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Dr. Richard Rivkin

Dr. Richard B. Rivkin:

Richard Rivkin is a University Research Professor at the Ocean Sciences Centre (OSC), Memorial University of Newfoundland and has internationally recognised research programmes studying the microbial food web dynamics and their influence on the cycling of organic material on ocean-climate interactions. Dr. Rivkin held faculty positions at University of Maryland (1983-1991) and The Johns Hopkins University (1978-1983). While in the United States, he studied the physiological ecology of phytoplankton and microbial food web processes in temperate and tropical oceans and in the Antarctic. Upon his move to Canada in 1991, he expanded the scope of his research to assessing and modelling the role of microbes in controlling oceanic biogeochemistry at global scales, and their effects on ocean-climate interactions. Simply stated, his research is at the critical interface between microbial ecology, ocean biogeogeochemistry and climate!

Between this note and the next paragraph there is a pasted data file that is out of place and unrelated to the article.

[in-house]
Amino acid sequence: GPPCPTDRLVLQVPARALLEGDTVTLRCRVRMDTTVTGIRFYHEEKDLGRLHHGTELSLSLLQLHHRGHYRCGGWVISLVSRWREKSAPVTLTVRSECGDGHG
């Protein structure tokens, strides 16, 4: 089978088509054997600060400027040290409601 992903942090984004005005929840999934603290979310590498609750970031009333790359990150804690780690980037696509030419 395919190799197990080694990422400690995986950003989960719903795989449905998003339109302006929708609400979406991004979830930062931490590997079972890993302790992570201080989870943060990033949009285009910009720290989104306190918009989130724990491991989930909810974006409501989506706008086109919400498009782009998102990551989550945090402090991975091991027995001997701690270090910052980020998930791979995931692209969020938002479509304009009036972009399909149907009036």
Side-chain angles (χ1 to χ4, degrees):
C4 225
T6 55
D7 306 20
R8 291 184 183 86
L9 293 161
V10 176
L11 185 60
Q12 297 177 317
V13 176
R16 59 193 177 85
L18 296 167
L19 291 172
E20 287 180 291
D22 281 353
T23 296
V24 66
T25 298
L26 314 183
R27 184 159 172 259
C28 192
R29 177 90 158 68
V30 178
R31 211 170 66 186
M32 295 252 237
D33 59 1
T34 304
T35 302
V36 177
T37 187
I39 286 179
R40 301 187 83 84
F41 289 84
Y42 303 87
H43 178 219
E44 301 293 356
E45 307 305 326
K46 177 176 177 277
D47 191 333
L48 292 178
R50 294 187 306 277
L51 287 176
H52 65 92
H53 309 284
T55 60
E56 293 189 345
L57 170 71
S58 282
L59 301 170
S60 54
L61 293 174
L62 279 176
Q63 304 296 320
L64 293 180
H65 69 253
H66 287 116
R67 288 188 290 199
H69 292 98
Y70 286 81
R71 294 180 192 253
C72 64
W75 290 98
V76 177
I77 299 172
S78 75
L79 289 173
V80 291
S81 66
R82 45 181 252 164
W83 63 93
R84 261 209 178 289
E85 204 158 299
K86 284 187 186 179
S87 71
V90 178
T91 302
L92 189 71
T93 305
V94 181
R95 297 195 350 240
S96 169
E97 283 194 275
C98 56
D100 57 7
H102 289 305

Dr. Rivkin has studied various aspects of biological oceanographic processes and global ocean ecology for almost 30 years. Throughout his scientific career, a fundamental component in all his research has been careful hypothesis formulation and testing with a combination of laboratory and field (and in the last decade, modeling) studies. This approach allows field studies to be evaluated within the context of what is understood about the physiology of the organisms, and permits the more realistic representation of food web interactions and biogeochemical processes. The long-term goal of his research is to understand and predict the responses of organisms and food webs to climate forcings. In order to achieve these goals, it is necessary to understand the "rules” governing relationships and interactions between organisms and the environment. Moreover, since it is critical to know both "why" as well as "how" processes change, it is necessary to understand how the relationships change with evolving environmental or climatic conditions.